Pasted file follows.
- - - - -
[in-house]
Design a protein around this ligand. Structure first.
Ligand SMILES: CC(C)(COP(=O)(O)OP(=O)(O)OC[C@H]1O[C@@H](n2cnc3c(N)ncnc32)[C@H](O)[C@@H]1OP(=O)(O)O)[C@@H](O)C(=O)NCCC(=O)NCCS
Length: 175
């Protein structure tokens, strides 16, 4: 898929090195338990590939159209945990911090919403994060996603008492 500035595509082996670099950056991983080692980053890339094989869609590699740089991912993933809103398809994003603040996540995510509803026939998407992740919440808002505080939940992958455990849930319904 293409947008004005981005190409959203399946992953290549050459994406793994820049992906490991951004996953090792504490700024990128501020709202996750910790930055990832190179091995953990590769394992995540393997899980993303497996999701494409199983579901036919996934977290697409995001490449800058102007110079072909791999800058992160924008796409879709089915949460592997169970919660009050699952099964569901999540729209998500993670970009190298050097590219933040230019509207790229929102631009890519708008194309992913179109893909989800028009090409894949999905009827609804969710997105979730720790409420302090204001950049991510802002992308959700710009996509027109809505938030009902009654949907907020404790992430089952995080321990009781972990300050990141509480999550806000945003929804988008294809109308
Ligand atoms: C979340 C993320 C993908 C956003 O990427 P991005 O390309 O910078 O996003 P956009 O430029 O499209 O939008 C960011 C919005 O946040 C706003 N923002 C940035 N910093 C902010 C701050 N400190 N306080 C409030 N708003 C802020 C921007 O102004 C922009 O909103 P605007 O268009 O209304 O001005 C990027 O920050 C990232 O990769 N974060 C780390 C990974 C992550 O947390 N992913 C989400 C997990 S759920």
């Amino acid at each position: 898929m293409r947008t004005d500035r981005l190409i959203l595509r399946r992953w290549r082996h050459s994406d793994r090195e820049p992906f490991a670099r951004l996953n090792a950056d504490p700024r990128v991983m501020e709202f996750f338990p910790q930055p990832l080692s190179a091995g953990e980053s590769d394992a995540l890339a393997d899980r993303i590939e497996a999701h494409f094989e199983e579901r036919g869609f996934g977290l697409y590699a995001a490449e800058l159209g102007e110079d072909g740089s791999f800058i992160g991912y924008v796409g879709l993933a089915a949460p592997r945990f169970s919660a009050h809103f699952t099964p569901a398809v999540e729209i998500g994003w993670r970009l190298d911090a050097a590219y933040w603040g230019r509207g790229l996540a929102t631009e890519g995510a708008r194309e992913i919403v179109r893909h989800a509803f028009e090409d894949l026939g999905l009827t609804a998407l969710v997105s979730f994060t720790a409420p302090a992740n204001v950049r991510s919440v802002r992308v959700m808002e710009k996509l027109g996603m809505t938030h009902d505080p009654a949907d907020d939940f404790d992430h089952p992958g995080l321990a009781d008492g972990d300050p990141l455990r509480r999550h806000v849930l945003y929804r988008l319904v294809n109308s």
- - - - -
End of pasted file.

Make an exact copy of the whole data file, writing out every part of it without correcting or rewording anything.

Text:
[in-house]
Design a protein around this ligand. Structure first.
Ligand SMILES: CC(C)(COP(=O)(O)OP(=O)(O)OC[C@H]1O[C@@H](n2cnc3c(N)ncnc32)[C@H](O)[C@@H]1OP(=O)(O)O)[C@@H](O)C(=O)NCCC(=O)NCCS
Length: 175
């Protein structure tokens, strides 16, 4: 898929090195338990590939159209945990911090919403994060996603008492 500035595509082996670099950056991983080692980053890339094989869609590699740089991912993933809103398809994003603040996540995510509803026939998407992740919440808002505080939940992958455990849930319904 293409947008004005981005190409959203399946992953290549050459994406793994820049992906490991951004996953090792504490700024990128501020709202996750910790930055990832190179091995953990590769394992995540393997899980993303497996999701494409199983579901036919996934977290697409995001490449800058102007110079072909791999800058992160924008796409879709089915949460592997169970919660009050699952099964569901999540729209998500993670970009190298050097590219933040230019509207790229929102631009890519708008194309992913179109893909989800028009090409894949999905009827609804969710997105979730720790409420302090204001950049991510802002992308959700710009996509027109809505938030009902009654949907907020404790992430089952995080321990009781972990300050990141509480999550806000945003929804988008294809109308
Ligand atoms: C979340 C993320 C993908 C956003 O990427 P991005 O390309 O910078 O996003 P956009 O430029 O499209 O939008 C960011 C919005 O946040 C706003 N923002 C940035 N910093 C902010 C701050 N400190 N306080 C409030 N708003 C802020 C921007 O102004 C922009 O909103 P605007 O268009 O209304 O001005 C990027 O920050 C990232 O990769 N974060 C780390 C990974 C992550 O947390 N992913 C989400 C997990 S759920």
């Amino acid at each position: 898929m293409r947008t004005d500035r981005l190409i959203l595509r399946r992953w290549r082996h050459s994406d793994r090195e820049p992906f490991a670099r951004l996953n090792a950056d504490p700024r990128v991983m501020e709202f996750f338990p910790q930055p990832l080692s190179a091995g953990e980053s590769d394992a995540l890339a393997d899980r993303i590939e497996a999701h494409f094989e199983e579901r036919g869609f996934g977290l697409y590699a995001a490449e800058l159209g102007e110079d072909g740089s791999f800058i992160g991912y924008v796409g879709l993933a089915a949460p592997r945990f169970s919660a009050h809103f699952t099964p569901a398809v999540e729209i998500g994003w993670r970009l190298d911090a050097a590219y933040w603040g230019r509207g790229l996540a929102t631009e890519g995510a708008r194309e992913i919403v179109r893909h989800a509803f028009e090409d894949l026939g999905l009827t609804a998407l969710v997105s979730f994060t720790a409420p302090a992740n204001v950049r991510s919440v802002r992308v959700m808002e710009k996509l027109g996603m809505t938030h009902d505080p009654a949907d907020d939940f404790d992430h089952p992958g995080l321990a009781d008492g972990d300050p990141l455990r509480r999550h806000v849930l945003y929804r988008l319904v294809n109308s």